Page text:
Aaron Cook Loses His Sinker, Rockies Lose To Nationals

David MartinAnalyst IApril 20, 2010

PHILADELPHIA - OCTOBER 08:  Starting pitcher Aaron Cook #28 of the Colorado Rockies throws a pitch against the Philadelphia Phillies in Game Two of the NLDS during the 2009 MLB Playoffs at Citizens Bank Park on October 8, 2009 in Philadelphia, Pennsylvania.  (Photo by Chris McGrath/Getty Images)
Chris McGrath/Getty Images

When Aaron Cook struggled in spring training, it was chalked up to a veteran working on his pitches. When he struggled in the first two starts of the season, it was chalked up to a sinker-ball pitcher needing to get into a rhythm.

After getting shelled for five runs in three innings in the Rockies 5-2 loss to the Nationals on Monday night, the answer is simple:
Aaron Cook has lost his sinker.
Cook has no backup plan. The redhead throws an 87-90 MPH fastball and relies on the movement that his sinker brings in order to induce ground outs. If his ball isn't moving, he is in trouble.
In the second inning, Cook allowed two Nationals base runners before floating a hanging sinker, if there is such a pitch, to Willie Harris, who promptly took a batting practice swing and landed his second home run of the year deep into the right field bullpen.
The pitch was horrible. It started on the inner half of the plate, but stayed high in the zone and tailed right into Harris' wheelhouse. When Cook doesn't have his sinker, he has to nibble, and when he nibbles, he misses the strike zone. Hence, the four walks the righty gave up in his three innings of work.
The Rockies, who currently sit one game under .500, continue to live their annual April nightmare. The fact of the matter is, this team is lucky to be just one game under the even mark.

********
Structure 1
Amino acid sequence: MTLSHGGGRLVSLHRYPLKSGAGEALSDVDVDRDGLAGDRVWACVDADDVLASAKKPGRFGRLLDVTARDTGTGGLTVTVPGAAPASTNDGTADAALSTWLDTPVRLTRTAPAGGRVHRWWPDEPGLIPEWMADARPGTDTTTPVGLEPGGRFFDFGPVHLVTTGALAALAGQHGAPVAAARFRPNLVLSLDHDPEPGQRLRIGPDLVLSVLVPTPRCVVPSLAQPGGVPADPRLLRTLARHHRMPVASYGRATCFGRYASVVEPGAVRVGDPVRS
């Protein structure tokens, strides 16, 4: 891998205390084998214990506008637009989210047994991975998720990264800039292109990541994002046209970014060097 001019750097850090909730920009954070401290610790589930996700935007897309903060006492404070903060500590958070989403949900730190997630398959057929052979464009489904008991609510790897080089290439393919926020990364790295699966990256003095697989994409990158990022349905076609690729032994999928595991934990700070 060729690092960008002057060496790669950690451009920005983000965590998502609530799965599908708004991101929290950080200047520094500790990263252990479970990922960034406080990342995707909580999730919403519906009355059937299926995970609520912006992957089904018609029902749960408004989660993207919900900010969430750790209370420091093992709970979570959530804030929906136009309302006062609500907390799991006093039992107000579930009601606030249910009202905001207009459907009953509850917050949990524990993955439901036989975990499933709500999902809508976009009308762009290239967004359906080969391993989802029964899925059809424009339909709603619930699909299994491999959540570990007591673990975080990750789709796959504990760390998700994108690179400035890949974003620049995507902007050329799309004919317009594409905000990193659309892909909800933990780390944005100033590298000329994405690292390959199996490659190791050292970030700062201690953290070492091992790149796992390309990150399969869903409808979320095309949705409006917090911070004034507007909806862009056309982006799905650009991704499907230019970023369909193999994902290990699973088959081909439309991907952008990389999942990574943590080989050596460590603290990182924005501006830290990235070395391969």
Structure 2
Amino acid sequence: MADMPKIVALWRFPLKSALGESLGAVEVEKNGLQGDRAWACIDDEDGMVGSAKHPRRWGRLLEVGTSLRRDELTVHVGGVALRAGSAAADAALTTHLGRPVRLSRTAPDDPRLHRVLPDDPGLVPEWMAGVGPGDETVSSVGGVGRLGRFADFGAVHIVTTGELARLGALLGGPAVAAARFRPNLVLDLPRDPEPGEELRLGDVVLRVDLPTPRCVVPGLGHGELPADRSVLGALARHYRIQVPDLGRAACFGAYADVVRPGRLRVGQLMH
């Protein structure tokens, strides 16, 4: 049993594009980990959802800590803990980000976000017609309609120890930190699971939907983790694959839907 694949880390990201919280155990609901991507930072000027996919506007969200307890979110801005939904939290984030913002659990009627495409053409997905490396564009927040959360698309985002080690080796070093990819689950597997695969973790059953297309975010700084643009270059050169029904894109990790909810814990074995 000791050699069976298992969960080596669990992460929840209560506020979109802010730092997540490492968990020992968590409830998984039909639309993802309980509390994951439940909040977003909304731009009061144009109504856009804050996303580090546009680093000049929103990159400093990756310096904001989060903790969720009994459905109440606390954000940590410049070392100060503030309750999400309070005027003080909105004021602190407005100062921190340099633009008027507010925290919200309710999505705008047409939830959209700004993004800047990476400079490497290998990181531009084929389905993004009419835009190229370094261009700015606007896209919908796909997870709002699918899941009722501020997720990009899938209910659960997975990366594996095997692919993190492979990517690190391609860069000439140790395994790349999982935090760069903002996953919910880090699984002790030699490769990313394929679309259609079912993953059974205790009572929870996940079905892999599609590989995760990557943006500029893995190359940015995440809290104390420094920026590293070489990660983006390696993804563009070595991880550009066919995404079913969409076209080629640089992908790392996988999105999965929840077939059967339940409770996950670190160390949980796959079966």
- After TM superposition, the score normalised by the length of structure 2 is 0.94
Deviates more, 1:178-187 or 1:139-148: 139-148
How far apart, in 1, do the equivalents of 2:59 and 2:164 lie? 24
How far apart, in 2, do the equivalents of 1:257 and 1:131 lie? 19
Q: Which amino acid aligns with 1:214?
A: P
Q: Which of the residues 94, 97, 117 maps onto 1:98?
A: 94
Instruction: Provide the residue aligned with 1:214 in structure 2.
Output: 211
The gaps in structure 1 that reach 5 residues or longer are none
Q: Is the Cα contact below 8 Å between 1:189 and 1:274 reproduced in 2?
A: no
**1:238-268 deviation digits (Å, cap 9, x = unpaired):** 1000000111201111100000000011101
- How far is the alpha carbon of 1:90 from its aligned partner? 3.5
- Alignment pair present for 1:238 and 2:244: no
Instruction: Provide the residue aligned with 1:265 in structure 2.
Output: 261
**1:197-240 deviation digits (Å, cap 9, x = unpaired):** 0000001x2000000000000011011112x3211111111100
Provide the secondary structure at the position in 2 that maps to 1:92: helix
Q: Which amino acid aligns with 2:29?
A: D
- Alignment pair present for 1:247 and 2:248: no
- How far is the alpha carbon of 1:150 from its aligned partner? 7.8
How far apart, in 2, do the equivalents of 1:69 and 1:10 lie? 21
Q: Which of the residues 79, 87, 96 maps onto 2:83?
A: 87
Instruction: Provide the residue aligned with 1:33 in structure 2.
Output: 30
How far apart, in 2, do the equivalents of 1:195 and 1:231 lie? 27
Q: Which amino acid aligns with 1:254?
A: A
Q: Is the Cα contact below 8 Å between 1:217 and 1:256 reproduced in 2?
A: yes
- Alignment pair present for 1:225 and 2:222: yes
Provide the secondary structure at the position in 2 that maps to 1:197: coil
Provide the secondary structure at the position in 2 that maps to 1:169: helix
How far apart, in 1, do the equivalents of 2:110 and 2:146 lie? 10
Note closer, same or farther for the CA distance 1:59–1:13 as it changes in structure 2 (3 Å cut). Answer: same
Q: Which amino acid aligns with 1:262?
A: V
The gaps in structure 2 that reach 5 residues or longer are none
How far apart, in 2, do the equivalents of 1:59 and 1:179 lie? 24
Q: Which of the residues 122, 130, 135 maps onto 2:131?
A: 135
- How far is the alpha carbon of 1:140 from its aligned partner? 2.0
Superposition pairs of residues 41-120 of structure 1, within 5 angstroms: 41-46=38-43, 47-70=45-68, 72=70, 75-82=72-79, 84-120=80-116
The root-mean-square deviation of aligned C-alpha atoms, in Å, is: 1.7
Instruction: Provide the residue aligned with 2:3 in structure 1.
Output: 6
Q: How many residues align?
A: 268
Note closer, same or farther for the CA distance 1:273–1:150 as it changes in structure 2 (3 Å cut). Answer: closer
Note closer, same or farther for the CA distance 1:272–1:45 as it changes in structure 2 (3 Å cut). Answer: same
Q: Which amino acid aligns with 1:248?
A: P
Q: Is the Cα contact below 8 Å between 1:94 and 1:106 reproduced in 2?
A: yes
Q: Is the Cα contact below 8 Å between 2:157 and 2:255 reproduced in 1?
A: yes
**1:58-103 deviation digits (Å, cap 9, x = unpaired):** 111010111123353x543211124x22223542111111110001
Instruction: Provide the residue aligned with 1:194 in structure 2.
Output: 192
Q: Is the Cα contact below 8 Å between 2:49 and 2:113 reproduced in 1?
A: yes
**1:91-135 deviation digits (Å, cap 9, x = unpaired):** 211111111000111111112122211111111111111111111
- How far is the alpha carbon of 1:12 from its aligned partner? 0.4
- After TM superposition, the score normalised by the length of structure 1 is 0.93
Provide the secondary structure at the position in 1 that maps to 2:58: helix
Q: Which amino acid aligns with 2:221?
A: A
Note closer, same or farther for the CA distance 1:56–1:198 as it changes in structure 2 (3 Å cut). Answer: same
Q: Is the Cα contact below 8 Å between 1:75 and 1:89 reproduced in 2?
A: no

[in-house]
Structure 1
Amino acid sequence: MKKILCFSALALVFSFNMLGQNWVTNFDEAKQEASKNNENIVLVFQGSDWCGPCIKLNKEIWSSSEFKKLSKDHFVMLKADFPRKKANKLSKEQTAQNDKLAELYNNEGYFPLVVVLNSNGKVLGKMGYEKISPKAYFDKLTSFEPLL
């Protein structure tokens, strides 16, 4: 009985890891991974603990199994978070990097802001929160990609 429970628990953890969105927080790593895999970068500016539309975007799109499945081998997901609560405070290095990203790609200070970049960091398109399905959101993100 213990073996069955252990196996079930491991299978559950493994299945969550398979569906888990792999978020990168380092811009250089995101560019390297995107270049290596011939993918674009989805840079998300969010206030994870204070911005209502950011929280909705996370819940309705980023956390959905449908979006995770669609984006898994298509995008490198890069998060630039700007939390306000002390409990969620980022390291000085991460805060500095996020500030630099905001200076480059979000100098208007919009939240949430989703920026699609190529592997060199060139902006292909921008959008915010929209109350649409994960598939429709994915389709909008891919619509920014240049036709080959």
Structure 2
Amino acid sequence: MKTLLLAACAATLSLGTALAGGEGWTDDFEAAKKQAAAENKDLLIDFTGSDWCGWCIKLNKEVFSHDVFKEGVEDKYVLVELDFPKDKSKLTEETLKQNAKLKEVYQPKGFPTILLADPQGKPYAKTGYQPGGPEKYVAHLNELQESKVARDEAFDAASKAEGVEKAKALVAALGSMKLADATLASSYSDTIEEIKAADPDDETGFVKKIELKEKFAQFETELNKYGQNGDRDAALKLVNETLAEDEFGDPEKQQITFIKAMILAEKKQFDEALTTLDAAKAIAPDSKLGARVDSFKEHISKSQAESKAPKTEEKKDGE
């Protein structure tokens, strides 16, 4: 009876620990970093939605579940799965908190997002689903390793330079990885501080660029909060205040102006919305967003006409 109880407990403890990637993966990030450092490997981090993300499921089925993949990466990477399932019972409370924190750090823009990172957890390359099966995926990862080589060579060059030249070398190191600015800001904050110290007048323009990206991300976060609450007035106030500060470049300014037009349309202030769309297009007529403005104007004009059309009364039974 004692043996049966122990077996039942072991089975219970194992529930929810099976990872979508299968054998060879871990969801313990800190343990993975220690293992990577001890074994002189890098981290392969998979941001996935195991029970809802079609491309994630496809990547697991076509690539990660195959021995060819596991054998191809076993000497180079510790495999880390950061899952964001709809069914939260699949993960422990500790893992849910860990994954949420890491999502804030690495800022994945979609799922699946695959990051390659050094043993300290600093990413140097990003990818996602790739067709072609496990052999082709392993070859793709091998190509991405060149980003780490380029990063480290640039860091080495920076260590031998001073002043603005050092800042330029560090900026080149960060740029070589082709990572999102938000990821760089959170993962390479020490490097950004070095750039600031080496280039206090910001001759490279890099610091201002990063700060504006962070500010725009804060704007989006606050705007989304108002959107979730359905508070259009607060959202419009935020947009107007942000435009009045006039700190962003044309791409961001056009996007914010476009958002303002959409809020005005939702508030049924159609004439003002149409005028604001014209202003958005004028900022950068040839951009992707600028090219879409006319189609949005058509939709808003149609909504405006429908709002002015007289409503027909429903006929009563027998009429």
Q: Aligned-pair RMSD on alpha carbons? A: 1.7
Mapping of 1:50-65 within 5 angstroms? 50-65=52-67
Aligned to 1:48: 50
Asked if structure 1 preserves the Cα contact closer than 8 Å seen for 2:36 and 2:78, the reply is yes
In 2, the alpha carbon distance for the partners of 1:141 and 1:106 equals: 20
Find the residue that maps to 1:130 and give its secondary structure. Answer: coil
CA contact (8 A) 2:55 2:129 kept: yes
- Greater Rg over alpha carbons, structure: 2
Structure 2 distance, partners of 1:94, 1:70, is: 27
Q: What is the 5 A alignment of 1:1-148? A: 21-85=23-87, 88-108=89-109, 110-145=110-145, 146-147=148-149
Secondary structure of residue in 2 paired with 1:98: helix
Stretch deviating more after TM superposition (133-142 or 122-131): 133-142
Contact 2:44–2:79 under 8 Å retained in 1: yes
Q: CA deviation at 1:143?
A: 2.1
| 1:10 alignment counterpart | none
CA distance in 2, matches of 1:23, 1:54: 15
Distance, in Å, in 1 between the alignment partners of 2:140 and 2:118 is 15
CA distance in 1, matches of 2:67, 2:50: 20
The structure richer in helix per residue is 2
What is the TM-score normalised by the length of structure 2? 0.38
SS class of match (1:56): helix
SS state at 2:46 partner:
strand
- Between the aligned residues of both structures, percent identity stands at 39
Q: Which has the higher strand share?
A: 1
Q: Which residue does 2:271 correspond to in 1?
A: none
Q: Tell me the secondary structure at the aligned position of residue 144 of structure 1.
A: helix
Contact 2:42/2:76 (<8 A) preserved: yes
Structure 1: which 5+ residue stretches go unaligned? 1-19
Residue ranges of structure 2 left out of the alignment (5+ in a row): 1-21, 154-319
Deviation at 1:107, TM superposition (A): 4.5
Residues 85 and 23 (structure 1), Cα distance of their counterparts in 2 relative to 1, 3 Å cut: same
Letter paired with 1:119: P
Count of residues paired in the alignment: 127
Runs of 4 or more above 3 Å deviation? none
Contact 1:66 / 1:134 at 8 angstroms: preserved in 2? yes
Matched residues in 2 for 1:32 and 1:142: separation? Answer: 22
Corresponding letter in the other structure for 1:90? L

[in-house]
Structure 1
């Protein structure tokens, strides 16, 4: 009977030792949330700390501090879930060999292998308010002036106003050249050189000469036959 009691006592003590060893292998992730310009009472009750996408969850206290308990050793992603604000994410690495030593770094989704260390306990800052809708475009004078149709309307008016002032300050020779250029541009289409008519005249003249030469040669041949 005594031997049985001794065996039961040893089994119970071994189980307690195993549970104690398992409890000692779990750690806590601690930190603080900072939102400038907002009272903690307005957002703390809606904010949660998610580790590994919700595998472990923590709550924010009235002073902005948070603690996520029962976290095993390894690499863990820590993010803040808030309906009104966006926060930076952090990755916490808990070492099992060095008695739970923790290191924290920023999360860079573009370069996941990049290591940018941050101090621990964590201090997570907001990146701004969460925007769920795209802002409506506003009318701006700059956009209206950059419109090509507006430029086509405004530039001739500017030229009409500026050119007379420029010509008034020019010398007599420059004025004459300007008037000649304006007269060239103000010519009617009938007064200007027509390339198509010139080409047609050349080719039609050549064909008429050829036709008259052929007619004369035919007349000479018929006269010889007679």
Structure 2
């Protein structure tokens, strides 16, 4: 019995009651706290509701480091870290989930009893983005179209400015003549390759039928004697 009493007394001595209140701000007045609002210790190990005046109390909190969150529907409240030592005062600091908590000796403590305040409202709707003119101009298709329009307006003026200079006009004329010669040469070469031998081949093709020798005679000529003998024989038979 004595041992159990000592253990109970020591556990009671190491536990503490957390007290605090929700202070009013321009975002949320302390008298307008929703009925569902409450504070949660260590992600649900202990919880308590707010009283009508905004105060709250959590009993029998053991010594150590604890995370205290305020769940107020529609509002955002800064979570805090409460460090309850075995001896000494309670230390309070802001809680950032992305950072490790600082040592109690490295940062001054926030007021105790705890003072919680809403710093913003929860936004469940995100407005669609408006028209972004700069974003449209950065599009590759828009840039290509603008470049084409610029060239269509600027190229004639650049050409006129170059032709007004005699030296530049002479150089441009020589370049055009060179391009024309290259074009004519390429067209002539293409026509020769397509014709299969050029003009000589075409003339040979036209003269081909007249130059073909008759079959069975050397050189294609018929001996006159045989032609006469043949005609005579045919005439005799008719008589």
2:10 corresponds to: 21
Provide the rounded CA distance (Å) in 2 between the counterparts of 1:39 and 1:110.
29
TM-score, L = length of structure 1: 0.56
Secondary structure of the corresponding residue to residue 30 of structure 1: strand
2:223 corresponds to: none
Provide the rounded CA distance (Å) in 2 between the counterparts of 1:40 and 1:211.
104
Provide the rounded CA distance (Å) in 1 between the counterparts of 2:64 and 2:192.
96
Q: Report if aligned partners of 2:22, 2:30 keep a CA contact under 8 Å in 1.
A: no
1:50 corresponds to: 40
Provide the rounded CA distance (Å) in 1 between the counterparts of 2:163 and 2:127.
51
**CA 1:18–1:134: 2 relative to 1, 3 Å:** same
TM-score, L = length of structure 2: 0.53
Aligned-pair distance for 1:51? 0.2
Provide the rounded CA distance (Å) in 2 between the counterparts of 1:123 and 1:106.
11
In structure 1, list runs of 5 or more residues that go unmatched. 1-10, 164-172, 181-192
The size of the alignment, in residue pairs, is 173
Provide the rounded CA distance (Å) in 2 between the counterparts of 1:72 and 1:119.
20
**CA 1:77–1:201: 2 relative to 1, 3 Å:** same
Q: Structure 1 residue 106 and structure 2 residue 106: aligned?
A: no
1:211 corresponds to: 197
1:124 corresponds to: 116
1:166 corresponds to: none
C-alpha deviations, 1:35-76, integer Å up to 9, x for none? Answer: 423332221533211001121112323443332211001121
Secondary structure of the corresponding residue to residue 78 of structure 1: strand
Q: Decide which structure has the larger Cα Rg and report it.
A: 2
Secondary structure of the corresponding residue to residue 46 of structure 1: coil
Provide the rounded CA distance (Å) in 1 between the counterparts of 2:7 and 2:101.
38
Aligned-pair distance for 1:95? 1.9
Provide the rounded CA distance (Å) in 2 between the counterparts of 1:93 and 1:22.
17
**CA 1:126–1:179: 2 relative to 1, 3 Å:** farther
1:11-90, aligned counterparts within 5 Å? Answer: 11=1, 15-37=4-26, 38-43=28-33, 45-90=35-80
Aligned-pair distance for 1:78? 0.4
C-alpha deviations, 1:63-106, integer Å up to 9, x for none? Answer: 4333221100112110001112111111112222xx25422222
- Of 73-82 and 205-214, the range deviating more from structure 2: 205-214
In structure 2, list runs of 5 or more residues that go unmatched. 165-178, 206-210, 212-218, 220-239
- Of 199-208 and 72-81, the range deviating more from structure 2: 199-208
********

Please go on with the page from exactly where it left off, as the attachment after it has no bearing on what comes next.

Cook's performance was bad, but the bullpen did a phenomenal job of keeping the Rockies in it. Manny Corpas, Matt Daley, Randy Flores and Joe Beimel combined to throw seven innings of one-hit baseball, keeping the Nats scoreless the rest of the way.
The offense, however, could not pick up it's share of the burden. For the sixth straight game, the offense failed to score more than five runs. The same offense that has been touted as the best the club has ever seen.
The easiest way to say it is that the Rockies do not look prepared when they take the field. The offense is flat. The defense is not on their toes and pitchers like Cook are missing the grittiness that landed him in the All-Star game in 2008.
The energy just isn't there. If the starting pitcher isn't on that day, they pack it in and hope for better results the next time. The exact same style of play that has been employed the past three Aprils.
The good thing for the Rockies is that they can afford to tread water. They do not need an incredible April to stay in the race. If they close out the month somewhere around the .500 mark, no more than two games below it, they will be in decent shape.
What they must avoid is falling into the same rut that has plagued them in recent Aprils, where it takes everything they have the rest of the season to catch up.
These Rockies will figure it out. They have too much talent not to. When they do it will be fun to watch. For now, fans just have to hope that they figure it out sooner rather than later.

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